Hashidate (Raising the Uprights)*** there is a laborious scene involving Tay san
(aka Manzai). In this version of Hashidate there is a key passage of music about the
white snows of Mt. Fuji. Other people speculated that it wasnt very complex.
* Narrative singer Tokiwazu Mojitay
** Narrative singer Tomimoto Buzenday
*** Possibly Kotobuki Hashiradate Manzai (celebratory dance performed by the
travelling comedy duo Manzai and Saiz, who would originally would go from door to
door during the New Year, performing celebratory songs and dances which has its
origins in the ceremonies that used to be performed before building a house)
In this Saiz also wore a Hikigoshi* . The Hashidate dance when done at its best
verges on difficult. If pushed to making a comment Id say that for both the roles of
Manzai and Saiz the actors status is close to that of zagashira troupe leader. The
style of Saizs performance is difficult. In the second scene of Hashidate he is the
accomplice. He is decidedly indecisive. The suitability of the Hikigoshi was somewhat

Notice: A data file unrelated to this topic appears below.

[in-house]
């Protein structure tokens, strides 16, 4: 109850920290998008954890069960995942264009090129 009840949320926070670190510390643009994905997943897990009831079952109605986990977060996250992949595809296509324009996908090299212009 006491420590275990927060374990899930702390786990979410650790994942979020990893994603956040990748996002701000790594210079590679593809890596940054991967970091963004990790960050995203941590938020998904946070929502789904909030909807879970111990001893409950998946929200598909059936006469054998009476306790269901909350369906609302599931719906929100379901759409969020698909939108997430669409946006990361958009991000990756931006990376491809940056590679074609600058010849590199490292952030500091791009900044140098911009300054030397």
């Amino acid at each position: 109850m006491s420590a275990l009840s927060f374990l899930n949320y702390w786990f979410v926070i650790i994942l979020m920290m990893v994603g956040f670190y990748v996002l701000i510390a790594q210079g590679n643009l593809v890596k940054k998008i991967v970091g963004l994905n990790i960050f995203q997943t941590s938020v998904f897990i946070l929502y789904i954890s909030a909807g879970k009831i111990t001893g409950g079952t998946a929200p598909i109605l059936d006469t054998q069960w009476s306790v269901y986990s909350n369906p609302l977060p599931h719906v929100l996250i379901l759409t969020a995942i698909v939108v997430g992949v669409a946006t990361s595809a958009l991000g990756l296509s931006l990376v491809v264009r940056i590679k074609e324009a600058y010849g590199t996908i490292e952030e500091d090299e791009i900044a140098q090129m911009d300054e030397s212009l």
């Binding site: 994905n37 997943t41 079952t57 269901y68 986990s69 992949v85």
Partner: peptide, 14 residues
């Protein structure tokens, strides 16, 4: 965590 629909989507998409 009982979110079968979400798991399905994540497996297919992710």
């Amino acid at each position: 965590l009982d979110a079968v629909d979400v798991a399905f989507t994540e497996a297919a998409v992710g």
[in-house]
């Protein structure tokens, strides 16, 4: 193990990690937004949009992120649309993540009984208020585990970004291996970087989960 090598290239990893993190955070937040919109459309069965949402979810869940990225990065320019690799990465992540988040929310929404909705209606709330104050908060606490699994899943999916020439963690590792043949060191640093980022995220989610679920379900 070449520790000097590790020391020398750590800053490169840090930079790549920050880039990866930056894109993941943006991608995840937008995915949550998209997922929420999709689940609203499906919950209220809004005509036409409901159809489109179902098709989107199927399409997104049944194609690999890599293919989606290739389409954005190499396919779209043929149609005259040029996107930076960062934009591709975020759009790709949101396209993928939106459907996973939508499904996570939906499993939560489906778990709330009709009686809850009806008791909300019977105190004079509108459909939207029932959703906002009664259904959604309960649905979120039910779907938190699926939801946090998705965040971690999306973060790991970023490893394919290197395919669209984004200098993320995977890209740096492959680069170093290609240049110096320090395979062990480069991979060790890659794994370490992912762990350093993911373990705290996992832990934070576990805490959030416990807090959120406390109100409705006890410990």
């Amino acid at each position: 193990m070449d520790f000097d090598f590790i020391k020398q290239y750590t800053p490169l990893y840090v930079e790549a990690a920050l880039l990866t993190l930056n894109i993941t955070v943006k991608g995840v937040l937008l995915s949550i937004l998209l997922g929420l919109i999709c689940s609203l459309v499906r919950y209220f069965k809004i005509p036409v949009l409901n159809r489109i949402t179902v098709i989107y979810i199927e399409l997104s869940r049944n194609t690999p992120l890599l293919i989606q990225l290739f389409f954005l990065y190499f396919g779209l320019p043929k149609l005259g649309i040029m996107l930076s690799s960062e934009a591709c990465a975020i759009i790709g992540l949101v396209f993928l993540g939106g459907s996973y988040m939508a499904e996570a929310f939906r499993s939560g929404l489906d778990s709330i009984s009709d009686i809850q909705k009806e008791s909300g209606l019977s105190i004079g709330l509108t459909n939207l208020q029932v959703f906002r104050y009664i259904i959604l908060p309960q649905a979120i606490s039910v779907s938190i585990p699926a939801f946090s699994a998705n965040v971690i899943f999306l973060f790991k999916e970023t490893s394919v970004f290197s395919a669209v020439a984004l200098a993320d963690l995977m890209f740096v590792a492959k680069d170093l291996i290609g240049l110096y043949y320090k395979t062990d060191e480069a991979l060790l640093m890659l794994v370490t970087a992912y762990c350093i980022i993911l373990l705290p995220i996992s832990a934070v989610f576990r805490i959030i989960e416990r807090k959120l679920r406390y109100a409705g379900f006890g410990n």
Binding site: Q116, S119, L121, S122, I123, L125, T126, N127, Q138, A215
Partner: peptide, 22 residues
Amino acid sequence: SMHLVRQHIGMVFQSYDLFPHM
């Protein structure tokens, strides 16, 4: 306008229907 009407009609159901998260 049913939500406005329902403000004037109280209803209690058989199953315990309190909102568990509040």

inappropriate. I am aware of the breadth of the late Ichikawa Danshir IIs
performance in the role of Saiz and it was considered fairly enjoyable.
* Four intertwined wide cloth bands which secure the waistband and are tied off in
the front and back
I recall that then, in the age of the Tky Theatre, the performances of Ichikawa
Danshir II as Saiz and Nakamura Kangor XII as Manzai were very popular though
it is now considered that the production of this Noriabune belonged more to Morita
Kanya XII and Ichikawa Ennosuke I.
Kanya and Ennosuke played their part in this when they went to the bathhouse
where they would regularly engage in conversation. Ennosuke and Kanya chatted
"Hey; my dad was really clever wasnt he!"
"Kangor is aging so much that he looks over a hundred years old"
"Now that the two of them have become grandfathers theyve finished with dance
productions"
"They cant stomach old age"